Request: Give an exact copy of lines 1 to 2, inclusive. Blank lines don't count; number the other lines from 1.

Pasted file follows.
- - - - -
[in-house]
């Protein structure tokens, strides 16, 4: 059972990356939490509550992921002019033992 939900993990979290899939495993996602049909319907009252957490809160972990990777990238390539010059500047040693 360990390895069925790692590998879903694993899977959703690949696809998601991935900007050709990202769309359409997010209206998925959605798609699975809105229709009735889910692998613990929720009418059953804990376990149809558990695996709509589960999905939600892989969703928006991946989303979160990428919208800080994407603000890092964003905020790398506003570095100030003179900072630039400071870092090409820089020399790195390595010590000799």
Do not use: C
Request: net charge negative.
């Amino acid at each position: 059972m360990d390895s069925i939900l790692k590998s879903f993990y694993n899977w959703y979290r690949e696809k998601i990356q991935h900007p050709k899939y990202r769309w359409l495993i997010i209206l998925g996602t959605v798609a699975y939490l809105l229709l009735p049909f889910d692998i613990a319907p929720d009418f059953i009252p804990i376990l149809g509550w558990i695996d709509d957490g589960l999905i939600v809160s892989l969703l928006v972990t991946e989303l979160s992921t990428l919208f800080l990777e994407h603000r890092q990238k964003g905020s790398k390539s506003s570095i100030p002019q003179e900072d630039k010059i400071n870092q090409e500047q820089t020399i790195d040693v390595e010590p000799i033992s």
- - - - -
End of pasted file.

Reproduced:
[in-house]
């Protein structure tokens, strides 16, 4: 059972990356939490509550992921002019033992 939900993990979290899939495993996602049909319907009252957490809160972990990777990238390539010059500047040693 360990390895069925790692590998879903694993899977959703690949696809998601991935900007050709990202769309359409997010209206998925959605798609699975809105229709009735889910692998613990929720009418059953804990376990149809558990695996709509589960999905939600892989969703928006991946989303979160990428919208800080994407603000890092964003905020790398506003570095100030003179900072630039400071870092090409820089020399790195390595010590000799």